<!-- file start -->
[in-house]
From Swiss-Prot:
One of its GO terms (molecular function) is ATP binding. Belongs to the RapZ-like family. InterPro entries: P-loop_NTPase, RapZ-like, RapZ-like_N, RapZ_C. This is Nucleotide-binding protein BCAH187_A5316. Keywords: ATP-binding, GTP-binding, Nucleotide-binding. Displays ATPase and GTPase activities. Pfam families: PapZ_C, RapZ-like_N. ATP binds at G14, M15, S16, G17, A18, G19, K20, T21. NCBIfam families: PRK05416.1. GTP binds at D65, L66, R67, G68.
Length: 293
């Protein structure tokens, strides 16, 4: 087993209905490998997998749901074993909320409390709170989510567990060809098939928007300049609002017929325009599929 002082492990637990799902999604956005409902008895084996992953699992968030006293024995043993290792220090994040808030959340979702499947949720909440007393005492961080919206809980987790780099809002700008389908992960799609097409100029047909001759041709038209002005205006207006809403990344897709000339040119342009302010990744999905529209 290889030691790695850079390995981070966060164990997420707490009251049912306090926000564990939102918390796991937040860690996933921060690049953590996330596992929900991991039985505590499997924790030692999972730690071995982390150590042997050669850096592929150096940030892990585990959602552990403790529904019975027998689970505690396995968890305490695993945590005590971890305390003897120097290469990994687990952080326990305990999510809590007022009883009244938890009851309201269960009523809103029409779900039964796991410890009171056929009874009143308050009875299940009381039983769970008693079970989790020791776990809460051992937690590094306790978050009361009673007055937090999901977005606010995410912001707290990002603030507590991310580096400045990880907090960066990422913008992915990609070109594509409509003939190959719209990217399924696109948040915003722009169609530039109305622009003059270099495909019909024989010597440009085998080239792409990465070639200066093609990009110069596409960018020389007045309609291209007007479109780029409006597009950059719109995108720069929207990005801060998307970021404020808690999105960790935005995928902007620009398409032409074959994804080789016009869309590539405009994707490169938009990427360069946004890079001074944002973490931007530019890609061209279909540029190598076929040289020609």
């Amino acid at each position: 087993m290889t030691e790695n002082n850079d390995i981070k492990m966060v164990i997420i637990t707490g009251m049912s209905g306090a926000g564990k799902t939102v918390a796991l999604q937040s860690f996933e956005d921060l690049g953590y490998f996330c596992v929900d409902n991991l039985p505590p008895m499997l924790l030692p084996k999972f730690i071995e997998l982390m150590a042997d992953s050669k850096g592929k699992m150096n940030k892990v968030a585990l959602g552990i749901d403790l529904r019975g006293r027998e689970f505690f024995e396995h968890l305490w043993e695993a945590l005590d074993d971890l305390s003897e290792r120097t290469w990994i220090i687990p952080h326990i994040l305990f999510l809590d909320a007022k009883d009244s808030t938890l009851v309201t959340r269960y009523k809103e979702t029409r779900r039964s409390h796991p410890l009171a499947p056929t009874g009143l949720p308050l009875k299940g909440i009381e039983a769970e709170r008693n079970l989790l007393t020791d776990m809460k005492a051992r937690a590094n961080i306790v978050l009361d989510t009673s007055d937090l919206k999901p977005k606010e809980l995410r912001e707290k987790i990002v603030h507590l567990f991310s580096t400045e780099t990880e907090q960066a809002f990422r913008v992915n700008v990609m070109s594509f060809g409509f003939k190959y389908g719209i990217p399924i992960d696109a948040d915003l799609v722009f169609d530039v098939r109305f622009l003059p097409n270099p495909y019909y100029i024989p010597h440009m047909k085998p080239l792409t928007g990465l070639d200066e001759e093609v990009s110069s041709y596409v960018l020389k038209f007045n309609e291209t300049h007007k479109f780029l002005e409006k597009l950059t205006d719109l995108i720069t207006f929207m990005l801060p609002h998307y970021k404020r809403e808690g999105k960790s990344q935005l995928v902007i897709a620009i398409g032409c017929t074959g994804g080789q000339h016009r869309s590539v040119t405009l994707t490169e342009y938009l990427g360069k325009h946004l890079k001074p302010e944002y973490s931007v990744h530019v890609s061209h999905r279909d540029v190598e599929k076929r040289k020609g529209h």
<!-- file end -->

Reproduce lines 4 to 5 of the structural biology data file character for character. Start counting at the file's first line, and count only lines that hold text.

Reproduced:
Length: 293
């Protein structure tokens, strides 16, 4: 087993209905490998997998749901074993909320409390709170989510567990060809098939928007300049609002017929325009599929 002082492990637990799902999604956005409902008895084996992953699992968030006293024995043993290792220090994040808030959340979702499947949720909440007393005492961080919206809980987790780099809002700008389908992960799609097409100029047909001759041709038209002005205006207006809403990344897709000339040119342009302010990744999905529209 290889030691790695850079390995981070966060164990997420707490009251049912306090926000564990939102918390796991937040860690996933921060690049953590996330596992929900991991039985505590499997924790030692999972730690071995982390150590042997050669850096592929150096940030892990585990959602552990403790529904019975027998689970505690396995968890305490695993945590005590971890305390003897120097290469990994687990952080326990305990999510809590007022009883009244938890009851309201269960009523809103029409779900039964796991410890009171056929009874009143308050009875299940009381039983769970008693079970989790020791776990809460051992937690590094306790978050009361009673007055937090999901977005606010995410912001707290990002603030507590991310580096400045990880907090960066990422913008992915990609070109594509409509003939190959719209990217399924696109948040915003722009169609530039109305622009003059270099495909019909024989010597440009085998080239792409990465070639200066093609990009110069596409960018020389007045309609291209007007479109780029409006597009950059719109995108720069929207990005801060998307970021404020808690999105960790935005995928902007620009398409032409074959994804080789016009869309590539405009994707490169938009990427360069946004890079001074944002973490931007530019890609061209279909540029190598076929040289020609």